Scrapbook One Hundred Fourteen…




Cork Poppers Galore

While we’re talking about fishing I thought I’d throw this story in.

Every time I found an old piece of cork, I’d make a bass popper out of it. Wine bottle stoppers were good. My father taught me how to make those things, but I’ll admit to not having made one in over 60 years.

First, I’d take a big Eagle Claw hook and clamp it in the vise. Then I’d tie the tail on, which took some imagination. Every popper was different, and sometimes I’d tie on grizzly saddle hackles, javelina bristles, squirrel fur, or hair from the rear end of my neighbor’s cat. Once I found a bald-headed lady’s brunette wig at the dump. It made good popper tail material.

Then I’d shape the cork to look like something a big fish wanted to eat, and bind it to the hook shank. Bass are carnivorous animals so the juicier the bait looks, the more likely they are to attack it. They especially like frogs.

The fun part came next, and that was painting the lure. I used some of my sister’s fingernail polish and that added to the excitement for me.  Ha, she never found out, and a salvo of discouragements would’ve blistered my ears if she’d known. Oh, please forget I said that last part.

I put lots of eyes on my poppers to make them look threatening. Bass will usually attack when they feel frightened. That twist of knowlege always gave me an edge.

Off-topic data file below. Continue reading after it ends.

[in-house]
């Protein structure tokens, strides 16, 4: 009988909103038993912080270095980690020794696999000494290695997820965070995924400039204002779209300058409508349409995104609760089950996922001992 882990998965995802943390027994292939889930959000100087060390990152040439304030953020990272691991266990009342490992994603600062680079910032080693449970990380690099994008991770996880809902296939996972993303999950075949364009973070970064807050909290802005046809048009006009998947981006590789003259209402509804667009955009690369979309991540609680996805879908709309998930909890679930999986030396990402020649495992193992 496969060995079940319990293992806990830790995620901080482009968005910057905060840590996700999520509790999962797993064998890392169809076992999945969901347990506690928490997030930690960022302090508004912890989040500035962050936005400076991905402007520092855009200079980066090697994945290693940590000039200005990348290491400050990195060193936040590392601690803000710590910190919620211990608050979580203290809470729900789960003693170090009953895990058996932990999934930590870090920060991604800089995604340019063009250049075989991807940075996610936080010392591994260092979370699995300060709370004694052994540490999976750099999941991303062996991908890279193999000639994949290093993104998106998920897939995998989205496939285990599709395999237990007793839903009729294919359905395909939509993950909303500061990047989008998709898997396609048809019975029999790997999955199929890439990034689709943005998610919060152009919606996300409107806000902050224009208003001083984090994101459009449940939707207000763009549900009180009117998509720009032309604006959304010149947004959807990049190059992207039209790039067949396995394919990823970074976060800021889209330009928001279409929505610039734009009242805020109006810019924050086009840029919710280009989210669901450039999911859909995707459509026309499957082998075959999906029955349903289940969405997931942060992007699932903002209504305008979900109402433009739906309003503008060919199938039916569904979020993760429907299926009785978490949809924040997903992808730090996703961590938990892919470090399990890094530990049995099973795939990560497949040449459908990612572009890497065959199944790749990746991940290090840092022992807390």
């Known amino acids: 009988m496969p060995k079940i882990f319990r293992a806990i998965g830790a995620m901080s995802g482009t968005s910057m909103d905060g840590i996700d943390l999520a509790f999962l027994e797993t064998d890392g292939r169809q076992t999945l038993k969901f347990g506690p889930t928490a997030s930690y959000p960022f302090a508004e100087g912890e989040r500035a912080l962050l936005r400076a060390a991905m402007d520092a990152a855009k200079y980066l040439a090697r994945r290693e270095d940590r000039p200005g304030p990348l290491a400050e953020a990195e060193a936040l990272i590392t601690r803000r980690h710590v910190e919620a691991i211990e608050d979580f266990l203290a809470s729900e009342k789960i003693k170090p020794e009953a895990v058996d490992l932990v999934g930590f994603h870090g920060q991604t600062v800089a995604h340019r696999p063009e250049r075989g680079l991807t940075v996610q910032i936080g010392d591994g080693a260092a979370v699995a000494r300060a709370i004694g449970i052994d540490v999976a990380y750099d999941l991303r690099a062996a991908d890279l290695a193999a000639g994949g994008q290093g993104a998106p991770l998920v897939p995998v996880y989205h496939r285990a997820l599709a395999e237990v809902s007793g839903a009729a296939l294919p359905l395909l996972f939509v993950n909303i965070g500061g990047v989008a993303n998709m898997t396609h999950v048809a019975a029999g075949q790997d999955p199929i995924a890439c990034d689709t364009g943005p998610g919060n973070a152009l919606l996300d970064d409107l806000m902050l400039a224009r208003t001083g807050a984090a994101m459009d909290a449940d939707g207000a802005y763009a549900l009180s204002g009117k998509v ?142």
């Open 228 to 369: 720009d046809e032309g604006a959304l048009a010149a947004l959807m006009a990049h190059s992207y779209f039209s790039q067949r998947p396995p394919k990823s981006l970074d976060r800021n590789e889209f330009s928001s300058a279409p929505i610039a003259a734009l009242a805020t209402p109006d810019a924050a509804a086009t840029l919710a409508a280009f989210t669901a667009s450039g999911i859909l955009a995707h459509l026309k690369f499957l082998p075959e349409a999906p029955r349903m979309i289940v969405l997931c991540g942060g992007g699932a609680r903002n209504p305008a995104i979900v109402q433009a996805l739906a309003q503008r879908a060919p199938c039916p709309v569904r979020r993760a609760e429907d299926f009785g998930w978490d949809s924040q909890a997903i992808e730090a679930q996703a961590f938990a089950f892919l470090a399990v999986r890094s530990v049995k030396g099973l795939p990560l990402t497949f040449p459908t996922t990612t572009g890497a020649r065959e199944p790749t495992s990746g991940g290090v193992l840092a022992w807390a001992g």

The fact is I never fished with any of my hand-painted poppers, and that’s the truth. There was no way a slippery sided smallmouth black bass was going to scratch the paint on my special, sculptural artforms. That’d be tantamount to messing with my poem. f

Scrapbook One Hundred Thirteen…






This little 2¼” lure doesn’t look like much, but please don’t let his appearance mislead you. He’s a killer bait that keeps his talent well hidden until he’s thrown into the water. His name is Pickles. In 1955, I carved him from a piece of oak that I had in my fireplace at Randolph AFB.


Just outside the base was a little pond that was owned by Claude Ivey. He let me fish anytime I wanted to. I’ll bet at least 200 smallmouth black bass succumbed to this bait’s allure. He floats when I leave him alone, but when I start reeling in, he ducks under the water and starts fidgeting in a way that drives fish crazy.

Claude always wanted me to keep two small fish for his family, and I usually took one for Peggy and me. The others I released back into the pond so they could rest up until I returned.

Pickles is retired to an honored place on a bookshelf with a few of his cousins, once removed. They were store-bought so Pickles doesn’t want them in his close proximity. f